Jazz poetry at its finest and I can feel where some other Beats licked their riffs off of.
In the “Poems” section, the music is all in the lines and the language so Kaufman doesn’t have to throw his lines all over the page to affect musicality, he just lets them roll on their own beat and effect their own drones and tones.
“Second April” switches off into stanza sections set in newspaper style justified blocks of prose-imagery that chronicles the speaker’s stint in rehab. The account is chilling but never falls into self-pity (from the speaker or from the reader) thanks to its anchored speech.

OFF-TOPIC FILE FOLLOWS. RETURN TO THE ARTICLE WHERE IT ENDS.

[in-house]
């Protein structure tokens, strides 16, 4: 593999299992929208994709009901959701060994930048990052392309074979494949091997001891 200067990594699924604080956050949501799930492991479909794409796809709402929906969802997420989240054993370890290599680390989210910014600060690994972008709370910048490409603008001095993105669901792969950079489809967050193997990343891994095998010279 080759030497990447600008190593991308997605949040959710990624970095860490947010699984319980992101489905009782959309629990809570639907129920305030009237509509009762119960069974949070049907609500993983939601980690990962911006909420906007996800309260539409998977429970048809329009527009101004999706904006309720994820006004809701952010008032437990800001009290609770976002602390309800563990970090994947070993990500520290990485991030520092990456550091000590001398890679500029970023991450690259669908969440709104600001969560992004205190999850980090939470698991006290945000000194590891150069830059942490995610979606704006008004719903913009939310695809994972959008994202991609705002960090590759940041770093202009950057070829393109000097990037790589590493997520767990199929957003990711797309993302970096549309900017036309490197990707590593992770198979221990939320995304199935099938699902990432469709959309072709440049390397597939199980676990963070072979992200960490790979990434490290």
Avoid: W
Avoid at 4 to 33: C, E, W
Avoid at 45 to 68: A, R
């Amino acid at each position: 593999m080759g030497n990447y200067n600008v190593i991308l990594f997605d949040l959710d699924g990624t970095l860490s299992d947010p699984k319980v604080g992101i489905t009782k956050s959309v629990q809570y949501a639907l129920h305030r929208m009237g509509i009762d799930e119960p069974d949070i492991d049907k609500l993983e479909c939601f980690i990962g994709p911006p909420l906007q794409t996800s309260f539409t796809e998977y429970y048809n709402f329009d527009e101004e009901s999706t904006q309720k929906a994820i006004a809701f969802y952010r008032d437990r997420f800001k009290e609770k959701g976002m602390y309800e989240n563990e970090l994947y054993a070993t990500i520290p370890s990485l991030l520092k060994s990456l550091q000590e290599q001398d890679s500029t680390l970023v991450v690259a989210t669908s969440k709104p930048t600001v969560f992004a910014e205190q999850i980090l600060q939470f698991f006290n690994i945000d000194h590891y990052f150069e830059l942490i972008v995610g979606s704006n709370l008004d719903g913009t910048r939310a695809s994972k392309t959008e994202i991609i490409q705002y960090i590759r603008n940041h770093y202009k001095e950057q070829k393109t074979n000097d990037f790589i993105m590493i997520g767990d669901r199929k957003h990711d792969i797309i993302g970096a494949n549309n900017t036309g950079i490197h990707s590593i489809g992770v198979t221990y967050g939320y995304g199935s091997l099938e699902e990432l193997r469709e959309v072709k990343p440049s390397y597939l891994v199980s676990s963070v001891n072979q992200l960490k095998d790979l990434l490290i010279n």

“Abomunist Manfifesto” is a straight trip. Invented and re-imagined history with the just-concocted language directly aimed at the current political system is the height of poetic satire that modern experimental/performance/academic/slam poets are still aspiring to reach.
This feels like the kind of poetry collection I am going to have to revisit more than once.